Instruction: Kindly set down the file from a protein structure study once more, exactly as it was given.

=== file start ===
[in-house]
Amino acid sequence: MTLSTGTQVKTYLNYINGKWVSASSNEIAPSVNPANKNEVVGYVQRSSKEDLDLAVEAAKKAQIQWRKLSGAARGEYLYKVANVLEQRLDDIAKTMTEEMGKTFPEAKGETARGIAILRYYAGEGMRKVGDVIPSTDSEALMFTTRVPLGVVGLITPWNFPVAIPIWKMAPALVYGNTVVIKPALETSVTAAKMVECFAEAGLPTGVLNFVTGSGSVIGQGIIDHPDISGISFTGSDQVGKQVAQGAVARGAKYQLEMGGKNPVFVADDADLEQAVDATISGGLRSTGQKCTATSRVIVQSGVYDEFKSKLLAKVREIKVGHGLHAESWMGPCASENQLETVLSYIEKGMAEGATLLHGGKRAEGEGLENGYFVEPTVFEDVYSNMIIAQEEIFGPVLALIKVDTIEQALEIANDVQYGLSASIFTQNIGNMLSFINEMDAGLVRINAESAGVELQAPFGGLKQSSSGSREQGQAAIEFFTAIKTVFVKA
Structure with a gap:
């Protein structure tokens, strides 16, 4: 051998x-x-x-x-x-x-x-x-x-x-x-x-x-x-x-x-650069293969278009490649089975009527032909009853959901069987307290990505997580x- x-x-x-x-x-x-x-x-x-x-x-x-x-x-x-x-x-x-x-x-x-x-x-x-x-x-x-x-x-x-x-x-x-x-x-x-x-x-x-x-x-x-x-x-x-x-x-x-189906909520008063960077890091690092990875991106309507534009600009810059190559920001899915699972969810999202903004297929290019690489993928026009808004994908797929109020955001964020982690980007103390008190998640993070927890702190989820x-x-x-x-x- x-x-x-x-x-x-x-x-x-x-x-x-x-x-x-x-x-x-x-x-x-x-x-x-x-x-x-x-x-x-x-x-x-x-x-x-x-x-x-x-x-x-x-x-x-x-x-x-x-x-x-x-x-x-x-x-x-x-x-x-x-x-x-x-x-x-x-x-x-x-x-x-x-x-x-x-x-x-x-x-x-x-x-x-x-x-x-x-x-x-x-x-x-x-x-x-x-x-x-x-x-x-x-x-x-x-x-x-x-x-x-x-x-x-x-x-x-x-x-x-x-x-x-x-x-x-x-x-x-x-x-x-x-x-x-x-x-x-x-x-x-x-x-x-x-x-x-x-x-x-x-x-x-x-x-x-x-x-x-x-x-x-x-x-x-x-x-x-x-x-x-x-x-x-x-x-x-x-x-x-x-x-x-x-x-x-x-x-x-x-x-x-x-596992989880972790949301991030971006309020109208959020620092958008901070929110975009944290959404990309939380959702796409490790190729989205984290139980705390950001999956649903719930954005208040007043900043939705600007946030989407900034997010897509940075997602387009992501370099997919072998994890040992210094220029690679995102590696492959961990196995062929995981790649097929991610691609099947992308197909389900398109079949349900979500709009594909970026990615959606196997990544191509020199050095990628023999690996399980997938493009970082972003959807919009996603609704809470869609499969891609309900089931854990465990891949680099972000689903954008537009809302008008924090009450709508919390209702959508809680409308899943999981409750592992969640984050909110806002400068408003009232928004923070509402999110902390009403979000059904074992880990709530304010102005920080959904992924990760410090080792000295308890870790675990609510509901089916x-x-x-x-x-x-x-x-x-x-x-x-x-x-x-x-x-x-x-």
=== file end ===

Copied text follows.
[in-house]
Amino acid sequence: MTLSTGTQVKTYLNYINGKWVSASSNEIAPSVNPANKNEVVGYVQRSSKEDLDLAVEAAKKAQIQWRKLSGAARGEYLYKVANVLEQRLDDIAKTMTEEMGKTFPEAKGETARGIAILRYYAGEGMRKVGDVIPSTDSEALMFTTRVPLGVVGLITPWNFPVAIPIWKMAPALVYGNTVVIKPALETSVTAAKMVECFAEAGLPTGVLNFVTGSGSVIGQGIIDHPDISGISFTGSDQVGKQVAQGAVARGAKYQLEMGGKNPVFVADDADLEQAVDATISGGLRSTGQKCTATSRVIVQSGVYDEFKSKLLAKVREIKVGHGLHAESWMGPCASENQLETVLSYIEKGMAEGATLLHGGKRAEGEGLENGYFVEPTVFEDVYSNMIIAQEEIFGPVLALIKVDTIEQALEIANDVQYGLSASIFTQNIGNMLSFINEMDAGLVRINAESAGVELQAPFGGLKQSSSGSREQGQAAIEFFTAIKTVFVKA
Structure with a gap:
């Protein structure tokens, strides 16, 4: 051998x-x-x-x-x-x-x-x-x-x-x-x-x-x-x-x-650069293969278009490649089975009527032909009853959901069987307290990505997580x- x-x-x-x-x-x-x-x-x-x-x-x-x-x-x-x-x-x-x-x-x-x-x-x-x-x-x-x-x-x-x-x-x-x-x-x-x-x-x-x-x-x-x-x-x-x-x-x-189906909520008063960077890091690092990875991106309507534009600009810059190559920001899915699972969810999202903004297929290019690489993928026009808004994908797929109020955001964020982690980007103390008190998640993070927890702190989820x-x-x-x-x- x-x-x-x-x-x-x-x-x-x-x-x-x-x-x-x-x-x-x-x-x-x-x-x-x-x-x-x-x-x-x-x-x-x-x-x-x-x-x-x-x-x-x-x-x-x-x-x-x-x-x-x-x-x-x-x-x-x-x-x-x-x-x-x-x-x-x-x-x-x-x-x-x-x-x-x-x-x-x-x-x-x-x-x-x-x-x-x-x-x-x-x-x-x-x-x-x-x-x-x-x-x-x-x-x-x-x-x-x-x-x-x-x-x-x-x-x-x-x-x-x-x-x-x-x-x-x-x-x-x-x-x-x-x-x-x-x-x-x-x-x-x-x-x-x-x-x-x-x-x-x-x-x-x-x-x-x-x-x-x-x-x-x-x-x-x-x-x-x-x-x-x-x-x-x-x-x-x-x-x-x-x-x-x-x-x-x-x-x-x-x-x-x-596992989880972790949301991030971006309020109208959020620092958008901070929110975009944290959404990309939380959702796409490790190729989205984290139980705390950001999956649903719930954005208040007043900043939705600007946030989407900034997010897509940075997602387009992501370099997919072998994890040992210094220029690679995102590696492959961990196995062929995981790649097929991610691609099947992308197909389900398109079949349900979500709009594909970026990615959606196997990544191509020199050095990628023999690996399980997938493009970082972003959807919009996603609704809470869609499969891609309900089931854990465990891949680099972000689903954008537009809302008008924090009450709508919390209702959508809680409308899943999981409750592992969640984050909110806002400068408003009232928004923070509402999110902390009403979000059904074992880990709530304010102005920080959904992924990760410090080792000295308890870790675990609510509901089916x-x-x-x-x-x-x-x-x-x-x-x-x-x-x-x-x-x-x-």